http://www.wikipaintings.org/en/giacomo-balla/pessimism-and-optimism-1923

Architecture Misfits #5: The Futurists

The futurists were misfits in more ways than one. They had a manifesto – a written statement of what they believed in. The modern equivalent would, I suppose, be the “vision statement” that we see in business plans – only with more poetry to it. Here’s their point #7, for example.

We declare that the splendor of the world has been enriched by a new beauty: the beauty of speed. A racing automobile with its bonnet adorned with great tubes like serpents with explosive breath … a roaring motor car which seems to run on machine-gun fire, is more beautiful than the Victory of Samothrace (or NIKE, to many).

[Winged] Victory of Samothrace (wikimedia commons)

Founded in 1909 by the poet F. T. Marinetti, Futurism remains Italy’s most significant contribution to twentieth century European culture. Marinetti wanted to break with the oppressive weight of Italy’s cultural heritage and develop an aesthetic based on modern life and technology, particularly speed and the machine.

This quote was taken from the website of the Estorick Museum. Have a look when you’re in London. In the early 20th century, everybody had a theory about something, but it wasn’t just about painting.

They also did sculpture.

‘Unique Forms of Continuity in Space’, 1913 bronze by Umberto Boccioni, wikipedia

Fashion. (for more details, see here.)

Stage design.

Ballet.

Costumes by Fortunato Depero for his ballet ‘Machine of 3000’ (1924)
Courtesy the Depero Museum, Rovereto (via dieselpunk)

(!!?? Let’s have a quick look at “Machine of 3000” – apparently the two “locomotives” are in love with the station master. Let’s hope it works out.)

Gardening. (This is not faceitious. Despite being organic, bonsai or a Japanese garden, is no less unnatural.)

Music.

Cooking. Yes! (Go here for more details.)

Alaskan Salmon in the rays of the sun with Mars sauce, Woodcock Mount Rosa with Venus sauce, a sculpted meat cylinder, and the non-meat sculpture Equator + North Pole. Yum!

Dining as theatrical event.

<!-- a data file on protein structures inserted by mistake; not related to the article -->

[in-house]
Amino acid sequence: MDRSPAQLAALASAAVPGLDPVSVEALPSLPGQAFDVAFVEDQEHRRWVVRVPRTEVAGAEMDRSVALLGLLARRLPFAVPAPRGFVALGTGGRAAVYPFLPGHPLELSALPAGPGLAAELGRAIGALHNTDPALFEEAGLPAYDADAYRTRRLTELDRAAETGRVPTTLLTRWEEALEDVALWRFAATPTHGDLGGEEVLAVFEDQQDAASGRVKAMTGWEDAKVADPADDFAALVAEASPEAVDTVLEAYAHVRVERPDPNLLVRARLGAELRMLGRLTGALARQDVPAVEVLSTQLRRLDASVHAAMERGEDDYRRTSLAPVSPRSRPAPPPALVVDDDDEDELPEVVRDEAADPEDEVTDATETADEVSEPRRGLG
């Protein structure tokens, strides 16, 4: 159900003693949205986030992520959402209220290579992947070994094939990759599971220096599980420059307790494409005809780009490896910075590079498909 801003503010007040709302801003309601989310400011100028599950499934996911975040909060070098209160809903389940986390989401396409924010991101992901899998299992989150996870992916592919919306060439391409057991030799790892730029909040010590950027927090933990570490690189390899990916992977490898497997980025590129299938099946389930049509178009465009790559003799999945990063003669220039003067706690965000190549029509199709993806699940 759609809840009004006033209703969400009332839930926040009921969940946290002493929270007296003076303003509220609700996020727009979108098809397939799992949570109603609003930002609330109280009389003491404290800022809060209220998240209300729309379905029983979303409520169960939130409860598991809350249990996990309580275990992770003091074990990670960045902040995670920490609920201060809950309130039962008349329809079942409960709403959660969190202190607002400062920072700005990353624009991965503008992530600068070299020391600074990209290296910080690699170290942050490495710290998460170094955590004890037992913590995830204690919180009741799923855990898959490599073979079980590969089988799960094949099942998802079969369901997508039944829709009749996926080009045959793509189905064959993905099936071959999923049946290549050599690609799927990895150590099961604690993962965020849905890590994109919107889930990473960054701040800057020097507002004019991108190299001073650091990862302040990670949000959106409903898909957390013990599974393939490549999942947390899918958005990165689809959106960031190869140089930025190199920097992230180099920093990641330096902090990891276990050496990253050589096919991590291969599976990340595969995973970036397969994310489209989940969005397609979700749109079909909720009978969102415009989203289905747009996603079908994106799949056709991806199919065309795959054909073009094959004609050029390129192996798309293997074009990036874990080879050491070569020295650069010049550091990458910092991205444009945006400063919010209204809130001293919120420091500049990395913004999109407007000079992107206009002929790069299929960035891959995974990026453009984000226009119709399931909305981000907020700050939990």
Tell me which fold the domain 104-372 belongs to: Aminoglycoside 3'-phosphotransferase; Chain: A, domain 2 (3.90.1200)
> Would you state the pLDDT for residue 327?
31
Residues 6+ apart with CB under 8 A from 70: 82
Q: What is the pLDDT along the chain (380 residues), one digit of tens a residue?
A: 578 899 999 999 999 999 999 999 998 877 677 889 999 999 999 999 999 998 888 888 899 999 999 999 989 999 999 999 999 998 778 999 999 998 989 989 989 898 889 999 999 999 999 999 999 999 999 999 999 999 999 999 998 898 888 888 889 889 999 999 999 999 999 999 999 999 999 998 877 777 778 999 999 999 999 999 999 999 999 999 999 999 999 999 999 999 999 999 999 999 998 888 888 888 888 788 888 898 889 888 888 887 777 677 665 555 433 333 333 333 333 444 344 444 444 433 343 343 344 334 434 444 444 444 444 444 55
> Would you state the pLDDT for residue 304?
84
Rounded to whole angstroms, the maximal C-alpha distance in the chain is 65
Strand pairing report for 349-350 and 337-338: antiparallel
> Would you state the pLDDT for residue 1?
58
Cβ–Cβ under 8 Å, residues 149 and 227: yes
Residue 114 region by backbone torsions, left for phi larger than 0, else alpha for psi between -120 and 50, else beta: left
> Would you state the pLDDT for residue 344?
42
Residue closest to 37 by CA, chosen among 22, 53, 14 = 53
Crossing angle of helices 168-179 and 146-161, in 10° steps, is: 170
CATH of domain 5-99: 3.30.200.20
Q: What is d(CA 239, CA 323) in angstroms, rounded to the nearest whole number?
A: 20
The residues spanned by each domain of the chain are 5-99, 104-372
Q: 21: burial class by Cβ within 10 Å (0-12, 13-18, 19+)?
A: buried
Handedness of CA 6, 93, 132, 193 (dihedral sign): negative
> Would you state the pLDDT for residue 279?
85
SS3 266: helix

they made their own fun

Since Futurists were against history and tradition, Marinetti was against pasta, claiming it made Italians lazy and so on. The photograph below found its way into circulation around the same time. Marinetti claimed it was faked.

Marinetti tucking into a big plate of spag (allegedly)

Graphic design and advertising. Check here for more images of the work of Fortunato Depero.

Campari and soda is still sold in the bottle designed by Depero in 1932

Interior design.

Giaccomo Balla, again.

Architecture. (thanks dieselpunk!)

Study for a 1927 Biennale pavilion
by Fortunato Depero

One of the Futurists’ provocative characteristics was their fascination with the noise and dynamism of war – which is why not many of them lived to be old. Normally, Antonio Sant’ Elia is counted as a Futurist because of his “forward looking” designs but it’s more likely he gets mentioned with them to forge a link with art because, otherwise, there would be a big space in the history books – not least of all Sigfreid Gideon’s long book “Space, Time & Architecture where he had this to say.

The middle bit makes sense. Sant’ Elia did have an idea when people were looking for one. All his manifesto called for, however, was the sensible use of modern materials to adapt to mobility and change – which seems a sensible thing to do.

There was much about The Futurists that was a bit naïve and perhaps more than a bit disingenuous at times. The good thing about them, and the reason why they are the subject of this blog is that

THEY SHOWED PEOPLE IT WAS OKAY TO REJECT PAST IDEAS OF BEAUTY AND TO CREATE NEW TYPES MORE RELEVANT TO THE MODERN WORLD.

To The Futurists – have one on us, Misfits salutes you!  

3 thoughts on “Architecture Misfits #5: The Futurists

  1. Jonathan

    1914 for “utmost elasticity and lightness”
    2012, still yet to get there.
    architects of “sustainability”, still time to learn.

  2. Francisco

    Remember that very soon after 1909, WW1 broke out and the futurists got a real taste of what Europe would look like after some of their “Articles” became fulfilled.

    Would you mind sharing the fate of some the authors during WW1? How many survived and is there a record of any of them having second thoughts about the manifesto post-war?

    Well, I know what Mussolini went on to do for Italian Architecture, although not an author of the movement, but an ardent nationalist like the majority of young Italian men.

    Article 11:
    “We want to glorify war — the only cure for the world — militarism, patriotism, the destructive”gesture of the anarchists, the beautiful ideas which kill, and contempt for woman.”

    1. Graham McKay Post author

      Hello Francisco. I just collected some information into a post that goes some way towards answering your question. Most survived but it’s Severini who put the most distance between what he thought before the war, and what he thought after. Oddly, it’s Sant’Elia who’s the only one who died on duty, but Marinetti did his bit as an active supporter of Mussolini. To be fair, a lot of the Rationalist architects were Fascists but then, as they later rationalised (no pun), it was impossible not to be one. As I mentioned in the post, people can want to go to war for all sorts of reasons, but I don’t think aesthetic preference is one of them.

      Cheers.

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